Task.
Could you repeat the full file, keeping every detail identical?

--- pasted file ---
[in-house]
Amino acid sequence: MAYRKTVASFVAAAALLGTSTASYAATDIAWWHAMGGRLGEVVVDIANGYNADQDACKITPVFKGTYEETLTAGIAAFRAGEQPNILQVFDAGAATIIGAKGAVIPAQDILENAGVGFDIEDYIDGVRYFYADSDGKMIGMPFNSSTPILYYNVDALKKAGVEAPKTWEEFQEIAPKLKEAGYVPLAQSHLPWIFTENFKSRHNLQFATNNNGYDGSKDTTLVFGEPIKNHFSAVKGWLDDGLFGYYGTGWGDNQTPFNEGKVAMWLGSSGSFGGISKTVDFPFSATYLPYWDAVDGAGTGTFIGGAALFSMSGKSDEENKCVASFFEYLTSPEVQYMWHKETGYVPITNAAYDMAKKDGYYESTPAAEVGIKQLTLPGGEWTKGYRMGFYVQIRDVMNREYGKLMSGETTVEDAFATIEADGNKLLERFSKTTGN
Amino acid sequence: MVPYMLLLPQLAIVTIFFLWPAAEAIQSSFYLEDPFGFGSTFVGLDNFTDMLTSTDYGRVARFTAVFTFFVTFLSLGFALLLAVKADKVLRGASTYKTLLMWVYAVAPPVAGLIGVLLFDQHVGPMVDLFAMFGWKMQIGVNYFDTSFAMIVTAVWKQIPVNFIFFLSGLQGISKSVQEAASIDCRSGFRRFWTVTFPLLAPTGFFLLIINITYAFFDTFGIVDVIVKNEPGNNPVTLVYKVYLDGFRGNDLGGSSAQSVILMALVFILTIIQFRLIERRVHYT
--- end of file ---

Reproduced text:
[in-house]
Amino acid sequence: MAYRKTVASFVAAAALLGTSTASYAATDIAWWHAMGGRLGEVVVDIANGYNADQDACKITPVFKGTYEETLTAGIAAFRAGEQPNILQVFDAGAATIIGAKGAVIPAQDILENAGVGFDIEDYIDGVRYFYADSDGKMIGMPFNSSTPILYYNVDALKKAGVEAPKTWEEFQEIAPKLKEAGYVPLAQSHLPWIFTENFKSRHNLQFATNNNGYDGSKDTTLVFGEPIKNHFSAVKGWLDDGLFGYYGTGWGDNQTPFNEGKVAMWLGSSGSFGGISKTVDFPFSATYLPYWDAVDGAGTGTFIGGAALFSMSGKSDEENKCVASFFEYLTSPEVQYMWHKETGYVPITNAAYDMAKKDGYYESTPAAEVGIKQLTLPGGEWTKGYRMGFYVQIRDVMNREYGKLMSGETTVEDAFATIEADGNKLLERFSKTTGN
Amino acid sequence: MVPYMLLLPQLAIVTIFFLWPAAEAIQSSFYLEDPFGFGSTFVGLDNFTDMLTSTDYGRVARFTAVFTFFVTFLSLGFALLLAVKADKVLRGASTYKTLLMWVYAVAPPVAGLIGVLLFDQHVGPMVDLFAMFGWKMQIGVNYFDTSFAMIVTAVWKQIPVNFIFFLSGLQGISKSVQEAASIDCRSGFRRFWTVTFPLLAPTGFFLLIINITYAFFDTFGIVDVIVKNEPGNNPVTLVYKVYLDGFRGNDLGGSSAQSVILMALVFILTIIQFRLIERRVHYT